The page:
Ezra Klein - Too young not to work, too old to get a job: The interplay between age and unemployment really worries me. On some level, we have a rosy view of "structural unemployment": It's a guy in Reno, Nev., who has skills better suited to the job market in Boulder, Colo. That's not an easy problem to fix -- our Reno resident doesn't scan Boulder's "help wanted" ads -- but it at least points toward a way the problem can be fixed. But a lot of older workers have found that employers just don't want to hire them. They are, in the words of one job-seeker in Warren County, N.J., "too young not to work, but too old to work." Or, more to the point, too old to get a job. When they apply for jobs much below their previous position, they're rejected as overqualified. When they try to hold the line, employers default to younger workers. And in both cases, there's a quiet assumption that young workers will be better at learning new skills than older workers will be.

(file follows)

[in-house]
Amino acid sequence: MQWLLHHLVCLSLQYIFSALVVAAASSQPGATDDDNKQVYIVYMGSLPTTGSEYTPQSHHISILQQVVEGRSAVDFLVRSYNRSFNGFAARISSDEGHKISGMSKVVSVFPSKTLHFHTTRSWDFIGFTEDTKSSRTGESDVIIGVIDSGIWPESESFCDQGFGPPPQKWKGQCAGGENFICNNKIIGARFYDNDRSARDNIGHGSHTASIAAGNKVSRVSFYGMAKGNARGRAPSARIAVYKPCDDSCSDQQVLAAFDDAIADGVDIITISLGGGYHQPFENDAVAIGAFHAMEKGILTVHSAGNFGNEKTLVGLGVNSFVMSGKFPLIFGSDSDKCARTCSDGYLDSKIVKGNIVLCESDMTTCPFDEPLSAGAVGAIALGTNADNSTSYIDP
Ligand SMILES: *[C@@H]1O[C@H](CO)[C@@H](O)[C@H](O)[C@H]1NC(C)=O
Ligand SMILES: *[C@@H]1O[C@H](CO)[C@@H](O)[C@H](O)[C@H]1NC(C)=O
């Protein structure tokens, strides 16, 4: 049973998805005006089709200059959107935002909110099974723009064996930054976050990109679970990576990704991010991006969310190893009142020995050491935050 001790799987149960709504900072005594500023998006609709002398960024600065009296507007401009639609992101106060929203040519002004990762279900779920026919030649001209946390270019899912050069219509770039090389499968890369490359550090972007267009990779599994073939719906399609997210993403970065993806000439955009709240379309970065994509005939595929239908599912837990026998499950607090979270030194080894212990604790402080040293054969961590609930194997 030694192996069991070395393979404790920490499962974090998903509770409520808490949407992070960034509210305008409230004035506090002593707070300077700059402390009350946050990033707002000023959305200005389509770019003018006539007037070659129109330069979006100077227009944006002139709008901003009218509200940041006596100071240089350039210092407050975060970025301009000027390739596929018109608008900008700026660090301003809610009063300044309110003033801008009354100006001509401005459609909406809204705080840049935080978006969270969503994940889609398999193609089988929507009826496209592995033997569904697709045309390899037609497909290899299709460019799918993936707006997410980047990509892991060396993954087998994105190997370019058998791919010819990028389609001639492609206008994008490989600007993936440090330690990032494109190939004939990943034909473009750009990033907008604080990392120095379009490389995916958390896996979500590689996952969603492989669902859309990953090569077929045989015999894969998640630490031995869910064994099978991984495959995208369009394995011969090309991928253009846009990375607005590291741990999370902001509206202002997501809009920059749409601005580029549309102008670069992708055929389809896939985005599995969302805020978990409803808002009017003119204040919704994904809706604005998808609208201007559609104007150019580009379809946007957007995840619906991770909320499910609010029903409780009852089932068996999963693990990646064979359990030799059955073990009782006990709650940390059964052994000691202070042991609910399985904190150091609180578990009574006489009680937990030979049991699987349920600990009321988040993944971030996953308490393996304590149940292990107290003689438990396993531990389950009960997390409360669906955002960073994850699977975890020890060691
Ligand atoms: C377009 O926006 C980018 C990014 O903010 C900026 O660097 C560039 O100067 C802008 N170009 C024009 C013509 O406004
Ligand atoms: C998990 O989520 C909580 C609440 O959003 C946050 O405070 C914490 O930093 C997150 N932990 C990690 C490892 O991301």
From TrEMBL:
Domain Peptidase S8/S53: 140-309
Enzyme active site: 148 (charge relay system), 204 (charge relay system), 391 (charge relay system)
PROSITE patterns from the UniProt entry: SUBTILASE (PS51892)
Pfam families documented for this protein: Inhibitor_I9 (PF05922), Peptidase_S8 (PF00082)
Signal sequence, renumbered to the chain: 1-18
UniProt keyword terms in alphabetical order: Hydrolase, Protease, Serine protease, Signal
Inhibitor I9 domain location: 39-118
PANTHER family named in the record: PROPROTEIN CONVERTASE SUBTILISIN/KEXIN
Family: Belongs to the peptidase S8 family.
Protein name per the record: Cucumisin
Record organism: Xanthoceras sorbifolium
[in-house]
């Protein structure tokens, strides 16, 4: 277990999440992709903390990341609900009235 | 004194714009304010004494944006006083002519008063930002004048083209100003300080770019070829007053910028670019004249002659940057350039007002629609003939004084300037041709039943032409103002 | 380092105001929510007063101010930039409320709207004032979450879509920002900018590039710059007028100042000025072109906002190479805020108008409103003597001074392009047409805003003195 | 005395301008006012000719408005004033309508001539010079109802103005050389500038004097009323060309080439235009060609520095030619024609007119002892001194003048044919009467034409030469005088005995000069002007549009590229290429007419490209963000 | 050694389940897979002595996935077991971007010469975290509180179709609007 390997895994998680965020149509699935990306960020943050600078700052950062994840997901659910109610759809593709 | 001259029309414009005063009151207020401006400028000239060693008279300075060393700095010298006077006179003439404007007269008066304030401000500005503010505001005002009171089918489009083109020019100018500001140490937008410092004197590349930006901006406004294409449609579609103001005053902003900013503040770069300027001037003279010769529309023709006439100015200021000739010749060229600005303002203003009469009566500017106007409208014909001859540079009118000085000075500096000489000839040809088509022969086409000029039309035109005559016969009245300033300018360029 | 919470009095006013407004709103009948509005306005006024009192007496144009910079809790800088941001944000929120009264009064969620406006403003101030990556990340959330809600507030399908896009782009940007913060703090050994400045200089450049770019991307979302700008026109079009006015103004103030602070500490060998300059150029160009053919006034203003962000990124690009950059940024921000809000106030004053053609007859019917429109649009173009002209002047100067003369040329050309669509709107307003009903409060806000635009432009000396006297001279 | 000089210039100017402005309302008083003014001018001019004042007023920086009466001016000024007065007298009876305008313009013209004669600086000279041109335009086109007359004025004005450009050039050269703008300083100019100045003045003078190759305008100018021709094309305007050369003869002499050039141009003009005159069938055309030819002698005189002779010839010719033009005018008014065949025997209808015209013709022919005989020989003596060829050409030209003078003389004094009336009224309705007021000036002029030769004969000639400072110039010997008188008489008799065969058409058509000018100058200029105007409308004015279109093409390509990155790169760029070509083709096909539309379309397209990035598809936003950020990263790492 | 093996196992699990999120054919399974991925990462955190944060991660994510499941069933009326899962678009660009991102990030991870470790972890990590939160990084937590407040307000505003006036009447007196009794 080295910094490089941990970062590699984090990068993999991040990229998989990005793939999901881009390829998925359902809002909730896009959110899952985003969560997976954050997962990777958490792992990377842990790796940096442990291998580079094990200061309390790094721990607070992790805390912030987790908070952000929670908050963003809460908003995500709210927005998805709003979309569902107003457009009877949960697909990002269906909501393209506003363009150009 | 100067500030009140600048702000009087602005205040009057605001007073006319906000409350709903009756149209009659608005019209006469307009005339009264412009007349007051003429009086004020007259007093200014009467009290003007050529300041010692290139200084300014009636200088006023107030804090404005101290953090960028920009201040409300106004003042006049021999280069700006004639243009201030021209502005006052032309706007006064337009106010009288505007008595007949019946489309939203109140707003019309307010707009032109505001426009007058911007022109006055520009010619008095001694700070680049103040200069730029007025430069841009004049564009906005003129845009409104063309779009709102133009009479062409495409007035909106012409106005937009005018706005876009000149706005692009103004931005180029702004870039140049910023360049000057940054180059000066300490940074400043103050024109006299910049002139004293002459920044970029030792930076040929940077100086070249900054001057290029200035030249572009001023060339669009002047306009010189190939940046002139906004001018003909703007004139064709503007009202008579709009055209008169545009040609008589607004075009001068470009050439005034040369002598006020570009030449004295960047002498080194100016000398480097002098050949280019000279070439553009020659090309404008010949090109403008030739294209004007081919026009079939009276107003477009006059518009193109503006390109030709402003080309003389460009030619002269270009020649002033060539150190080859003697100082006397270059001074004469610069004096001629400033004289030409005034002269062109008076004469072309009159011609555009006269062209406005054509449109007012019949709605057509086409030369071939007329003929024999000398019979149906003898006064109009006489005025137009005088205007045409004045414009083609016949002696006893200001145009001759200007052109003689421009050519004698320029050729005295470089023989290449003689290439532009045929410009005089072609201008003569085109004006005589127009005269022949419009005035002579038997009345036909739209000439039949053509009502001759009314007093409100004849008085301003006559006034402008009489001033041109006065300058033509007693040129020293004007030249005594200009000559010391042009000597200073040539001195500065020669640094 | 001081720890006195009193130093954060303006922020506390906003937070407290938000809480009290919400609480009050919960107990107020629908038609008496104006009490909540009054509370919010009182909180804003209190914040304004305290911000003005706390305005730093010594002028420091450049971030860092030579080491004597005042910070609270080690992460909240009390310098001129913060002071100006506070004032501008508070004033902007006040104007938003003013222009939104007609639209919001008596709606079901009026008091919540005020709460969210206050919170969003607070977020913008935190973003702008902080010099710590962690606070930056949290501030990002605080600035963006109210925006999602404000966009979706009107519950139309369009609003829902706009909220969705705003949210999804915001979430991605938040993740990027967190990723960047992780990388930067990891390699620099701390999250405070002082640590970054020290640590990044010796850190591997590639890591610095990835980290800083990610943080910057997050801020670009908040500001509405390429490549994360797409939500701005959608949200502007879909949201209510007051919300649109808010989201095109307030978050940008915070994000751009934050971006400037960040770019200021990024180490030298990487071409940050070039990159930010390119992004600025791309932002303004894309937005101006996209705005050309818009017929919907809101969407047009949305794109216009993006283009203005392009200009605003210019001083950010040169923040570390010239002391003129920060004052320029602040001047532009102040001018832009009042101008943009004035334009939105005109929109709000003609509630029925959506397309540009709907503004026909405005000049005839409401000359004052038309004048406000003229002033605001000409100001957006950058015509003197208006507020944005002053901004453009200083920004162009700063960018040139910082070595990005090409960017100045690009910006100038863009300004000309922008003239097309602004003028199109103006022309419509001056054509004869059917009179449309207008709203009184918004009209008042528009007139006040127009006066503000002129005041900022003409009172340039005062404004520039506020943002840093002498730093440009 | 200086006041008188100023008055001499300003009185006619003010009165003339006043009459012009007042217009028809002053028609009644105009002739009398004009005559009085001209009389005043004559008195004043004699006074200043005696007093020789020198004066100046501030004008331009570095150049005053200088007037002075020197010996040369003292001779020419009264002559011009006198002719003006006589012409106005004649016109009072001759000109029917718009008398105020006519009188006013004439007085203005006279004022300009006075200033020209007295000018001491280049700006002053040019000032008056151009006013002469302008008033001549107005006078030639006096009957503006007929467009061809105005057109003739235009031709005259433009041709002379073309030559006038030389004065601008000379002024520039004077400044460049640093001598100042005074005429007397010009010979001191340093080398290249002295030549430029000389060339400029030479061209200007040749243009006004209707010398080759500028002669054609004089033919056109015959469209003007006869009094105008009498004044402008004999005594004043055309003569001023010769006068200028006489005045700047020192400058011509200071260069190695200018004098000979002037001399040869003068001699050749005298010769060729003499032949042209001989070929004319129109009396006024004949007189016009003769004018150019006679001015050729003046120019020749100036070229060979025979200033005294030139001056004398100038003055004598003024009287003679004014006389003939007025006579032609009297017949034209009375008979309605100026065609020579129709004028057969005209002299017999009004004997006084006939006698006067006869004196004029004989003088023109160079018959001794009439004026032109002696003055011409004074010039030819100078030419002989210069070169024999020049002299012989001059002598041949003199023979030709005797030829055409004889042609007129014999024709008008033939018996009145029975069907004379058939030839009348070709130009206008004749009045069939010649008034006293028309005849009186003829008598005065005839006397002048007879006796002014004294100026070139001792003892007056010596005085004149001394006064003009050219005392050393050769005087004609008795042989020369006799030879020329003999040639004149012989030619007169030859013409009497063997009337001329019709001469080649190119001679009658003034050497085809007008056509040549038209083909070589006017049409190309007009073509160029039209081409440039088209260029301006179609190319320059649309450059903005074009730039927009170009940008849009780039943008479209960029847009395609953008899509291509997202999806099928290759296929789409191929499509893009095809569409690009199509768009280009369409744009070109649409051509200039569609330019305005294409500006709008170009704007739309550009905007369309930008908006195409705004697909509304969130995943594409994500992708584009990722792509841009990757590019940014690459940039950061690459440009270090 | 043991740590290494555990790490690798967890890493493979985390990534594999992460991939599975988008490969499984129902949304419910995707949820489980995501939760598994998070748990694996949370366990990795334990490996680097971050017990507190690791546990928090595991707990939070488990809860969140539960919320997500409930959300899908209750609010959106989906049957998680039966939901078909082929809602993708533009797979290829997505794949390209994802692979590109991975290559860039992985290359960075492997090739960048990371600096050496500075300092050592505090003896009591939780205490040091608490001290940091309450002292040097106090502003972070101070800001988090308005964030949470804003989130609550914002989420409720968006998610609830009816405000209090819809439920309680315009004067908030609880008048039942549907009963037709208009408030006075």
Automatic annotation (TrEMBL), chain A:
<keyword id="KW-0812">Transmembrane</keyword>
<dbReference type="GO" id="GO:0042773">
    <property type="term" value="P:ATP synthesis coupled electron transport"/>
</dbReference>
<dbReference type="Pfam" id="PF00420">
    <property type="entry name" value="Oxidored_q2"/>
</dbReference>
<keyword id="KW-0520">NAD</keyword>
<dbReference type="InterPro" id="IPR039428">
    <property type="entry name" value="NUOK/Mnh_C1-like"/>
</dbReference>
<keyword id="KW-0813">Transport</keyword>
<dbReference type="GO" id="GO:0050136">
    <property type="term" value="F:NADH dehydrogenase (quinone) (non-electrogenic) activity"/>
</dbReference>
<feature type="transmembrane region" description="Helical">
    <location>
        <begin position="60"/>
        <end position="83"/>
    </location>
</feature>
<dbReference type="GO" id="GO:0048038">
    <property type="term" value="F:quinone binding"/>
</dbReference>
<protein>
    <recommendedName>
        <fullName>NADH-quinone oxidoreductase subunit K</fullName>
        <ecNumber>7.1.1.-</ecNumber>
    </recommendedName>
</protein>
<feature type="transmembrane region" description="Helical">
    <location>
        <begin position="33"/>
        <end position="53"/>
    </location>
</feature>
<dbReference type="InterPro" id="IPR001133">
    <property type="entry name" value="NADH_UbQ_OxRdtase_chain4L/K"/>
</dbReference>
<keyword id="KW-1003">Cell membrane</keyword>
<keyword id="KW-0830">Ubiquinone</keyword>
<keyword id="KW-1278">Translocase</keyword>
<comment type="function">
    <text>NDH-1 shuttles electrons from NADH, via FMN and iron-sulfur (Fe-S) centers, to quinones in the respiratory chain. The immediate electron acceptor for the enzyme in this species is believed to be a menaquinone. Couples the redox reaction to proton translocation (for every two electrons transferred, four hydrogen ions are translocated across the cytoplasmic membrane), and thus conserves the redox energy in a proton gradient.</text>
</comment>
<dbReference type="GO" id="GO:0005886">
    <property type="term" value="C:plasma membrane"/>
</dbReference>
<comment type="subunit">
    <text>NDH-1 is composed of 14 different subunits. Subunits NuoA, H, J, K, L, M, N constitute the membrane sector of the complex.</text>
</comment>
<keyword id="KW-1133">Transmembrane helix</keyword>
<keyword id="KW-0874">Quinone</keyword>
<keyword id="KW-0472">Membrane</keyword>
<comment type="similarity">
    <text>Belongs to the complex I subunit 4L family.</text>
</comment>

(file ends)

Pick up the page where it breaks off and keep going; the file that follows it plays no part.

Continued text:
Eventually, the unemployment rate in this country will come down. But it's very likely that there'll still be a core of a couple of million hardcore unemployed -- people who're a bit older, who're underwater on their houses in an area with a weak labor market, and who are becoming less employable as both their age and their time out of work come to seem more and more glaring on their resumes. What are we going to do for them?